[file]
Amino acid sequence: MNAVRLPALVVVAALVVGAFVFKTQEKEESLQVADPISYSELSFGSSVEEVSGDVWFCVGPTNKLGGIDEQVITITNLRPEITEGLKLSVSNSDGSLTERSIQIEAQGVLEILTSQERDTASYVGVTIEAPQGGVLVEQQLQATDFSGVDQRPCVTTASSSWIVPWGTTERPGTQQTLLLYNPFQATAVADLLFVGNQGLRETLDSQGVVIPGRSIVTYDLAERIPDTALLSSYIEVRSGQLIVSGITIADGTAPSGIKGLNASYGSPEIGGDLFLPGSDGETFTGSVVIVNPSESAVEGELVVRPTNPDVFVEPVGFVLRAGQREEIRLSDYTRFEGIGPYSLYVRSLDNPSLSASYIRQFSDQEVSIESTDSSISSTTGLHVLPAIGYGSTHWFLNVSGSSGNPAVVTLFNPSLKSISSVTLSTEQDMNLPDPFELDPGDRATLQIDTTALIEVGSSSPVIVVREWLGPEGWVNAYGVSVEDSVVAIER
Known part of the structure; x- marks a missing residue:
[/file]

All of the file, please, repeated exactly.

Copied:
Amino acid sequence: MNAVRLPALVVVAALVVGAFVFKTQEKEESLQVADPISYSELSFGSSVEEVSGDVWFCVGPTNKLGGIDEQVITITNLRPEITEGLKLSVSNSDGSLTERSIQIEAQGVLEILTSQERDTASYVGVTIEAPQGGVLVEQQLQATDFSGVDQRPCVTTASSSWIVPWGTTERPGTQQTLLLYNPFQATAVADLLFVGNQGLRETLDSQGVVIPGRSIVTYDLAERIPDTALLSSYIEVRSGQLIVSGITIADGTAPSGIKGLNASYGSPEIGGDLFLPGSDGETFTGSVVIVNPSESAVEGELVVRPTNPDVFVEPVGFVLRAGQREEIRLSDYTRFEGIGPYSLYVRSLDNPSLSASYIRQFSDQEVSIESTDSSISSTTGLHVLPAIGYGSTHWFLNVSGSSGNPAVVTLFNPSLKSISSVTLSTEQDMNLPDPFELDPGDRATLQIDTTALIEVGSSSPVIVVREWLGPEGWVNAYGVSVEDSVVAIER
Known part of the structure; x- marks a missing residue: